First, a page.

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Activists aim to halt horse castration plan

RENO — A coalition of conservationists and wild-horse activists is suing the government to block its implementation of a precedent-setting plan to castrate hundreds of wild stallions in eastern Nevada.

The lawsuit, filed by the Western Watersheds Project, the American Wild Horse Preservation Campaign and the Cloud Foundation, follows the U.S. Bureau of Land Management’s decision in July to back off a similar plan to castrate hundreds of wild stallions in Wyoming.

The lawsuit, filed Wednesday in U.S. District Court in Washington, D.C., challenges the BLM’s plans to remove roughly 1,800 wild horses from the Pancake Complex near Ely over the next six to 10 years and to castrate 200 wild stallions before releasing them back to the area as geldings.

The complaint contends the BLM’s “scientifically unsound, controversial, untested and radical approaches” to managing wild horses in the 855,000-acre complex violate federal law while the agency continues to authorize thousands of sheep and cattle to graze on public lands in the area.

“The BLM has violated the law by failing to analyze impacts of domestic livestock and wild horses,” said Jon Marvel, executive director of the Idaho-based Western Watershed Project. “I hope this case ends once and for all BLM’s illegal bias in favor of cattle and sheep over wild horses and all other native wildlife.”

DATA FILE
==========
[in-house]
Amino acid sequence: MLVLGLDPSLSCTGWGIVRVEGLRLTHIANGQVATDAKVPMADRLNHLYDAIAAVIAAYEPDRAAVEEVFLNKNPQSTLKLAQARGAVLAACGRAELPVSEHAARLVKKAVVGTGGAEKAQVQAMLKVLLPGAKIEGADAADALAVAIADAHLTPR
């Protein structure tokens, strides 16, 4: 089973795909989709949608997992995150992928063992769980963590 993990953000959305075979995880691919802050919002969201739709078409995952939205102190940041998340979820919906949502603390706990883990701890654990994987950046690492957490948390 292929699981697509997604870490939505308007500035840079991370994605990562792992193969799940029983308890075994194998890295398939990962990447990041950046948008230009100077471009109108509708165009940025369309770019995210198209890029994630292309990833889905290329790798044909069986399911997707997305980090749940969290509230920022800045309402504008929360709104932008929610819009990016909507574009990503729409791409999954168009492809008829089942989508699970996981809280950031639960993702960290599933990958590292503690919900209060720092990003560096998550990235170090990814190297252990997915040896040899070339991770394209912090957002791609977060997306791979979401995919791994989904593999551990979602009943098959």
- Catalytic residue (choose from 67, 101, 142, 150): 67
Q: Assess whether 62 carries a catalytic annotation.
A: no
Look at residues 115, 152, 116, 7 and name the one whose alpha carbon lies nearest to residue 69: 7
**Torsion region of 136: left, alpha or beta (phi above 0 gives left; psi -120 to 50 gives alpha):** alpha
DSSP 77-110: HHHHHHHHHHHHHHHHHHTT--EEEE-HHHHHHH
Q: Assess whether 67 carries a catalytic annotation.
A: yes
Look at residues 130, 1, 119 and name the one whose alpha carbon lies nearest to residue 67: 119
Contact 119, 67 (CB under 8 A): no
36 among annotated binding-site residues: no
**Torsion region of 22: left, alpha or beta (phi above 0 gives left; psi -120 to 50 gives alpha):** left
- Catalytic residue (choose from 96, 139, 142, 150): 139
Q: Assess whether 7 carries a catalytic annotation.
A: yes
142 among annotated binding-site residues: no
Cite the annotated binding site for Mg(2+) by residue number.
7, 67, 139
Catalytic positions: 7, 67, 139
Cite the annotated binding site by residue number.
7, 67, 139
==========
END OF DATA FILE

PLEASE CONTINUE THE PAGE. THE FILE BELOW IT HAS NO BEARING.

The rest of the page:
The BLM in July backed off a similar plan to release hundreds of castrated wild stallions back to the range in Wyoming after the same plaintiffs challenged it in court.

BLM spokeswoman JoLynn Worley said the agency views the pilot project as another way to reduce growing horse herds that are damaging rangelands to the detriment of native wildlife.

“That’s one thing people always ask about, when they comment on this, whether we can try to do some birth control on stallions in addition to mares,” Worley said. “We want to see if this will be one more way to reduce the number of horses and slow down the population.”

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